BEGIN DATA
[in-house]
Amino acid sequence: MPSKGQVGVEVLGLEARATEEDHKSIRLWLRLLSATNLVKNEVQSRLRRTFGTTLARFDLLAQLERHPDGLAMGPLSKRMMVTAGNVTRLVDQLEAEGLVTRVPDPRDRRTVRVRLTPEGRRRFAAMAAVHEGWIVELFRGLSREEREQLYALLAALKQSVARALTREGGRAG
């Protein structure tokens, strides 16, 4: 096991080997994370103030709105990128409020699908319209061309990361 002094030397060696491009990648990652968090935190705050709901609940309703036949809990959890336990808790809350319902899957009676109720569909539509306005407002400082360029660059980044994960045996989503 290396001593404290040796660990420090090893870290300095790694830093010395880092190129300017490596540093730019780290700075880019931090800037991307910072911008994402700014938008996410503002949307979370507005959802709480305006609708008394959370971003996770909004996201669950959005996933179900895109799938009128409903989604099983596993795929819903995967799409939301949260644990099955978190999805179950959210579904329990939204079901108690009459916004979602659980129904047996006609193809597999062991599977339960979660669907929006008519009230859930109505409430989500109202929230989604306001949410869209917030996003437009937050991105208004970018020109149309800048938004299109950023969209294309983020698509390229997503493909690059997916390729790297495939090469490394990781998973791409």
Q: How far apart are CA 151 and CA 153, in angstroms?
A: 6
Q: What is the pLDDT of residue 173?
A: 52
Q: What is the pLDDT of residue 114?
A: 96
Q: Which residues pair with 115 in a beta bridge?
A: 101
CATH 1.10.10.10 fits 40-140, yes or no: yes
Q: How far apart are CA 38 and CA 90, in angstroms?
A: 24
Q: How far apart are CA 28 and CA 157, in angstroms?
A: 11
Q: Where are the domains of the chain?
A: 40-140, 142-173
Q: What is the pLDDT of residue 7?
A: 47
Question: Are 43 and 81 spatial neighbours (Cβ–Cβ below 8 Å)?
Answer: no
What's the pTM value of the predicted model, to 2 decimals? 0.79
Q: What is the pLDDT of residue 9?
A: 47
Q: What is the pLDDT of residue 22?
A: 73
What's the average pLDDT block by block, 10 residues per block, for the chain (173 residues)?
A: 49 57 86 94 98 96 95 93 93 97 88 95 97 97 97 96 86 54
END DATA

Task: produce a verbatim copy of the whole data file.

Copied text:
[in-house]
Amino acid sequence: MPSKGQVGVEVLGLEARATEEDHKSIRLWLRLLSATNLVKNEVQSRLRRTFGTTLARFDLLAQLERHPDGLAMGPLSKRMMVTAGNVTRLVDQLEAEGLVTRVPDPRDRRTVRVRLTPEGRRRFAAMAAVHEGWIVELFRGLSREEREQLYALLAALKQSVARALTREGGRAG
């Protein structure tokens, strides 16, 4: 096991080997994370103030709105990128409020699908319209061309990361 002094030397060696491009990648990652968090935190705050709901609940309703036949809990959890336990808790809350319902899957009676109720569909539509306005407002400082360029660059980044994960045996989503 290396001593404290040796660990420090090893870290300095790694830093010395880092190129300017490596540093730019780290700075880019931090800037991307910072911008994402700014938008996410503002949307979370507005959802709480305006609708008394959370971003996770909004996201669950959005996933179900895109799938009128409903989604099983596993795929819903995967799409939301949260644990099955978190999805179950959210579904329990939204079901108690009459916004979602659980129904047996006609193809597999062991599977339960979660669907929006008519009230859930109505409430989500109202929230989604306001949410869209917030996003437009937050991105208004970018020109149309800048938004299109950023969209294309983020698509390229997503493909690059997916390729790297495939090469490394990781998973791409």
Q: How far apart are CA 151 and CA 153, in angstroms?
A: 6
Q: What is the pLDDT of residue 173?
A: 52
Q: What is the pLDDT of residue 114?
A: 96
Q: Which residues pair with 115 in a beta bridge?
A: 101
CATH 1.10.10.10 fits 40-140, yes or no: yes
Q: How far apart are CA 38 and CA 90, in angstroms?
A: 24
Q: How far apart are CA 28 and CA 157, in angstroms?
A: 11
Q: Where are the domains of the chain?
A: 40-140, 142-173
Q: What is the pLDDT of residue 7?
A: 47
Question: Are 43 and 81 spatial neighbours (Cβ–Cβ below 8 Å)?
Answer: no
What's the pTM value of the predicted model, to 2 decimals? 0.79
Q: What is the pLDDT of residue 9?
A: 47
Q: What is the pLDDT of residue 22?
A: 73
What's the average pLDDT block by block, 10 residues per block, for the chain (173 residues)?
A: 49 57 86 94 98 96 95 93 93 97 88 95 97 97 97 96 86 54